The defeat of the estates and the protestant opposition at Bílá hora (White Mountain) in the 17th century brought about not only large property transfers, but social as well as ethnic change. Furthermore, there was also a political decline, in which the Kingdom of Bohemia lost its influence and became a mere province. Despite this, the Italian Baroque, of the most dynamic Guarini style, caught on in the re-Catholicised Bohemia more quickly than in any other European country. St. Clara’s Monastery Church in Cheb and the Benedictine St. Marketa’s Monastery Church in Prague’s Břevnov district stand as testaments of this fact, as do the buildings by the Prague-born Kilián Ignác Dientzenhofer. Dietzenhofer was the son of the equally celebrated builder Kryštof Dientzenhofer, whose accomplishments include St. Nicholas’ Church in Prague’s Lesser Quarter, an exemplar of the high Baroque style.

Under the influence of the abbots of clerical orders, whose origins reach back into the pre-Hussite era, Bohemia produced yet another architectural peculiarity – a synthesis of the Gothic and Baroque styles. This was not a simple return to Gothic details, but rather an original Baroque transformation. The main representative and originator of this style was Jan Blažej Santini-Aichel (1677–1723), a third-generation Swiss born in Prague, who used this style in renovating medieval monastic buildings. The monastery church in Kladruby and the Pilgrimage Church of St. John of Nepomuk in Žďár nad Sázavou – a UNESCO monument – are the best expressions of this style, which is found nowhere else.

Cubism and Functionalism

The lands of the Bohemian crown again contributed an unusual style to the world’s architectural heritage when Czech architects attempted to transpose the cubism of painting and sculpture into architecture. Below Prague's Vyšehrad, several Cubist residences were built. In the Old Town, the House of the Black Madonna, designed by Josef Gočár (1912), is certainly the height of architectural Cubism, blending with the local historical buildings to an almost incredible degree.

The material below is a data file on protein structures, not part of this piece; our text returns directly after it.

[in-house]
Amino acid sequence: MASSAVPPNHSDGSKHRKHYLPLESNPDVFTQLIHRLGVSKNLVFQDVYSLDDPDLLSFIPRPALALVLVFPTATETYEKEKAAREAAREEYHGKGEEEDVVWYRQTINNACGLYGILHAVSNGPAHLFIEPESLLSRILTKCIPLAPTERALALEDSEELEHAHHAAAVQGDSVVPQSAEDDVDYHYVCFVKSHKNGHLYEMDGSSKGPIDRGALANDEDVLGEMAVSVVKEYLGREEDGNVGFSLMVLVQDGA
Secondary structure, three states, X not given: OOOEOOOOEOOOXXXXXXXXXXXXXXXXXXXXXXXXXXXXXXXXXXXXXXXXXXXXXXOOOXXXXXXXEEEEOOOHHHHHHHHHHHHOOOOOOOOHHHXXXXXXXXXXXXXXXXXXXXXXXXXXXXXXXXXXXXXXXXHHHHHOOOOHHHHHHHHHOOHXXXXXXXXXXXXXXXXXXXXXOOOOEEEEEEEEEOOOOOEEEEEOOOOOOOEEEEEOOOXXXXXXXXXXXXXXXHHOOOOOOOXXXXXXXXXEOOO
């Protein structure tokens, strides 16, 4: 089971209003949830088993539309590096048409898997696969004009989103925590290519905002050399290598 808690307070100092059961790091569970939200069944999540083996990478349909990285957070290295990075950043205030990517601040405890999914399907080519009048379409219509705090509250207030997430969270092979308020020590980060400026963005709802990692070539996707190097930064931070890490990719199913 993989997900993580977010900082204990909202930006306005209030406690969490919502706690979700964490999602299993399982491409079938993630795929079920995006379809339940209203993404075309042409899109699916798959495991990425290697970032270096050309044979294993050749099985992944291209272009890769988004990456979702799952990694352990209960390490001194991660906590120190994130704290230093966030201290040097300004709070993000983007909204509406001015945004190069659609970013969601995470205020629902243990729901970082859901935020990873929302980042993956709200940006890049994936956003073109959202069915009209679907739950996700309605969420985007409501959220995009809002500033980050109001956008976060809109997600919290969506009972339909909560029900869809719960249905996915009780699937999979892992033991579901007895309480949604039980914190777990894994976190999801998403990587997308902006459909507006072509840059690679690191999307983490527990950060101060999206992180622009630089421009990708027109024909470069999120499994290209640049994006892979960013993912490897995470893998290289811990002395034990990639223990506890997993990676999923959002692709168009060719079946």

During the first years of the independent Czechoslovakia (after 1918), a specifically Czech architectural style, called ‘Rondo-Cubism’, came into existence. It drew on pre-war Cubism and is unparalleled elsewhere in the world. Sometimes, Rondo-Cubism is also referred to as the ‘Arch’ or ‘Legion Bank’ style.

Between World Wars I and II, functionalism, with its sober, progressive forms, took over as the main architectural style in the newly established Czechoslovak Republic. The best example of this new architecture is the Baba colony, a villa-style development that originated in a project by the most important functionalist architects. In the city of Brno, one of the most impressive functionalist works has been preserved. It is the Tugendhat Villa (a UNESCO monument), designed by the architect Ludwig Mies van der Rohe.

Even today, the Czech Republic is not shying away from the most modern trends of international architecture. This fact is attested to by a number of projects by world-renowned architects (Frank O. Gehry, Jean Nouvel, Ricardo Bofill, John Pawson and Richard Meier) that have been realised mainly in Prague. The Czech Republic has also produced architects whose work can be found all over the world, for instance in the UK (Eva Jiřičná, Jan Kaplický), Canada, and even China (Jan and Ivana Benda).

Last update: 16.8.2011 16:00